Through our work in the Chinese market, we have witnessed numerous examples of extensive contradictions between the English and Chinese texts in bilingual contracts. Often, the Chinese text of the prevailing language clause may contain an opposite regulation, which states that in the event of any discrepancies between the English and Chinese texts, one should apply the Chinese text and not the English text.

At the same time, while the clauses about which version should prevail in both English and Chinese may be identical, the Chinese contract text might explicitly state that it is the Chinese text that shall prevail in the event of a conflict between the two languages.

Unfortunately, in many contracts used in China, the Chinese text contains rights or obligations that are not mentioned in the English text.

This is a considerable risk for foreign companies in China, as the Chinese language portion could benefit the Chinese company more than the English section. You might end up with contracts containing an English portion that is “falsely” favourable to you as the foreign company and a Chinese company that seeks to put you in a trap as you assume that the English version will prevail.

China contract: The importance of having a high-quality bilingual contract in China

In conclusion, we would like to emphasize that while there might be costs associated with preparing a high-quality bilingual contract in China, it is a worthwhile investment to ensure confidence that your agreement is enforceable the way you want it.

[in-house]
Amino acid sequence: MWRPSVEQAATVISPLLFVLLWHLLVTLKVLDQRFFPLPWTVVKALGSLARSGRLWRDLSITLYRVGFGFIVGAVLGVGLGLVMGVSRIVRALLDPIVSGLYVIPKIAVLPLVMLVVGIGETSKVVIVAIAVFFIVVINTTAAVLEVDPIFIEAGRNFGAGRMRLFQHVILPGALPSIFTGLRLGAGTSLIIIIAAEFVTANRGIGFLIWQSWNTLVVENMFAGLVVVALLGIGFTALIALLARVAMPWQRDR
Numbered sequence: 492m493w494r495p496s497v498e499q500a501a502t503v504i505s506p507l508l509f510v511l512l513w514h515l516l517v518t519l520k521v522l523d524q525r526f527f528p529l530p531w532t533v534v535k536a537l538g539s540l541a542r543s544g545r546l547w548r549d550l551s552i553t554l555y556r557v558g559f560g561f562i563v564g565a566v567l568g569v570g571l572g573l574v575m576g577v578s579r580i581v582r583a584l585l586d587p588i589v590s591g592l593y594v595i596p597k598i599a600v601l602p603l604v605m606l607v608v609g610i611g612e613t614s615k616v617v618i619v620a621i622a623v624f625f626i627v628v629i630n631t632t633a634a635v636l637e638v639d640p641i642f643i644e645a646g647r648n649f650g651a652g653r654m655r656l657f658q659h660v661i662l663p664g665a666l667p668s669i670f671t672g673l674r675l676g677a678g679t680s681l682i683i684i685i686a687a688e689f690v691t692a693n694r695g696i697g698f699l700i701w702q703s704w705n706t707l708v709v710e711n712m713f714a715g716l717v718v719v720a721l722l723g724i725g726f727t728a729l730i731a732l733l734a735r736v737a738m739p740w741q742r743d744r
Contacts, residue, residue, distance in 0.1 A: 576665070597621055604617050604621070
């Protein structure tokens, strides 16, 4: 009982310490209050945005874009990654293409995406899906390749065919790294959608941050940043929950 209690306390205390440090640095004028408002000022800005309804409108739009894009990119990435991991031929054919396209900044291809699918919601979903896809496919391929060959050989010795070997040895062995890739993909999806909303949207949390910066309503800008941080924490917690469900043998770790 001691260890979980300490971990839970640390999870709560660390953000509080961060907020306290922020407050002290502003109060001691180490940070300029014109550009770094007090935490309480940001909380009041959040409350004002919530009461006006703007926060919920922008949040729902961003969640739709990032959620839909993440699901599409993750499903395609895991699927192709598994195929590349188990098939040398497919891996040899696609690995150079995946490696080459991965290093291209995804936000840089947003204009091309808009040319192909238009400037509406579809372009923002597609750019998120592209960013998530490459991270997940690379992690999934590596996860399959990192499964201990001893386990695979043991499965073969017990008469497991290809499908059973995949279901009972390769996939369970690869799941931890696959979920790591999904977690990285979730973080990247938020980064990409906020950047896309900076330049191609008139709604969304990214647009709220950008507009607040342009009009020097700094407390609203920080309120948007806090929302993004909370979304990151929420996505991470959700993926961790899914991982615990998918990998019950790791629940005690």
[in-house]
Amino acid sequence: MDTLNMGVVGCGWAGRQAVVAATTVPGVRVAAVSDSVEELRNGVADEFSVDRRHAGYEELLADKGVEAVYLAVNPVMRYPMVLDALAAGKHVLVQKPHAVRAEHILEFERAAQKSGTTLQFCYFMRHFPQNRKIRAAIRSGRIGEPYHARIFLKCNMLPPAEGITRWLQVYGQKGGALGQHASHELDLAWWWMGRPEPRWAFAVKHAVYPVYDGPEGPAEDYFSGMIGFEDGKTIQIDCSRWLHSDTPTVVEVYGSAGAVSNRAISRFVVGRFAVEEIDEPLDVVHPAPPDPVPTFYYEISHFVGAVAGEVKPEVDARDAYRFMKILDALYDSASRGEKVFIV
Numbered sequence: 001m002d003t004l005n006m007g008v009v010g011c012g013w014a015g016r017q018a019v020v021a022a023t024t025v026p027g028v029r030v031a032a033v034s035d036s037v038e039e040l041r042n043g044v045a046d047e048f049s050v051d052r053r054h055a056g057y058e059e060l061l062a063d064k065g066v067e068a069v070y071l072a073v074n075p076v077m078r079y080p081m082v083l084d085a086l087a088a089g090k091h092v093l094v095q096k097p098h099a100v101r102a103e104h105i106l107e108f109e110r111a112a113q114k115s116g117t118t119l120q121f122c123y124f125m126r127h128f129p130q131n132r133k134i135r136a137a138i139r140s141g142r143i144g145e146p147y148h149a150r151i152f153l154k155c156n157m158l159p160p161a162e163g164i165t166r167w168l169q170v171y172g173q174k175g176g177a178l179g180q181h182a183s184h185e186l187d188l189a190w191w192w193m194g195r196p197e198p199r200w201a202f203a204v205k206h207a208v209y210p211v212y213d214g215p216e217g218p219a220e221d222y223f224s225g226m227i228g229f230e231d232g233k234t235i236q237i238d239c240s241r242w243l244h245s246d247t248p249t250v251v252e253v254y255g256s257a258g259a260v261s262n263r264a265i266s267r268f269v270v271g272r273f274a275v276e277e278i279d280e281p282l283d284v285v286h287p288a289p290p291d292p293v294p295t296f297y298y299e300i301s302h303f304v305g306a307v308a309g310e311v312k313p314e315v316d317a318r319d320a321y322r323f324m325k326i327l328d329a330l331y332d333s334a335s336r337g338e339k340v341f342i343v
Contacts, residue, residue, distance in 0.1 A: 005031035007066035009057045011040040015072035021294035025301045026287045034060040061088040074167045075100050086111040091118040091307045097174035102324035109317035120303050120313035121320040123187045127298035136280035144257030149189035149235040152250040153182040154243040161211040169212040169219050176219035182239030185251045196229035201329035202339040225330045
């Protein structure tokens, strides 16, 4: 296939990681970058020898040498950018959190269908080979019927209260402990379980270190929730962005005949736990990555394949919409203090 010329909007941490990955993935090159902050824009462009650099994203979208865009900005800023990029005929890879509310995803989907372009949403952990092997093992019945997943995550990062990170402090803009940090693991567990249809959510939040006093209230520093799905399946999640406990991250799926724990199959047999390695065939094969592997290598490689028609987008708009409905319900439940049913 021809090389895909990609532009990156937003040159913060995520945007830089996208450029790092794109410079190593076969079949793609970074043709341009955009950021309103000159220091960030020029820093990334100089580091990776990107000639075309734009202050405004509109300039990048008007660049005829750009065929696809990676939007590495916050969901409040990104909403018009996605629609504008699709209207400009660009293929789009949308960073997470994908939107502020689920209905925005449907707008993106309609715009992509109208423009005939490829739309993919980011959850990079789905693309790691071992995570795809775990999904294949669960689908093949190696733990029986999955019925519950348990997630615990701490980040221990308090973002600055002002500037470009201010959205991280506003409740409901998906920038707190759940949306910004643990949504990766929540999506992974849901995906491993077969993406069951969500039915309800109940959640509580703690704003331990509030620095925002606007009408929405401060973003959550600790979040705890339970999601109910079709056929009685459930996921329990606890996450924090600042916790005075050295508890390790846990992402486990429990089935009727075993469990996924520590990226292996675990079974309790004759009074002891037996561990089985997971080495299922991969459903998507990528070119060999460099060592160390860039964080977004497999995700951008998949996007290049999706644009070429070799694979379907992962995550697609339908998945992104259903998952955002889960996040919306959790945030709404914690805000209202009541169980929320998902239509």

Our recommendation is clear: you must fully understand both the Chinese and the English text if you use a bilingual contract in China. You should ensure that not even one Chinese character is wrong so that your contract is fully enforceable.

When we translate the contracts ourselves instead of outsourcing this job, this is a choice we have made because we see the need to protect the information we handle and the importance of having a high-quality translation of contracts in China.

When negotiating contracts with Chinese companies and the Chinese party, we recommend that you draft the contracts in Chinese and then have them translated into English. You must be sure that you understand exactly what is written in the Chinese language portion of the contract. No matter what the English language portion of your agreement says, to ensure that your contract can be enforced in China, it is your responsibility to understand all the details in the Chinese text used in the contract.

Do you need any legal help in China?

If you need help with drafting your China contracts, translation of your contracts, protecting your trademarks, verification of NDAs and contracts, background checks of Chinese companies and other legal help in China, please contact us here or send an email to janerik@ncbhub.com.

Contact us if you need help with drafting of contracts that follows Chinese laws and are enforceable in China, background investigation of Chinese companiesprotecting patents, trademarks, verification of contracts to the law in China, or help with other legal challenges that you have in China.

If you require our assistance or have further questions about our services, please do not hesitate to contact our Customer Relationship Managers Jan Erik Christensen, at janerik@ncbhub.com  or Milla Chen, at huimin.chen@ncbhub.com. We look forward to hearing from you and helping your business succeed in China.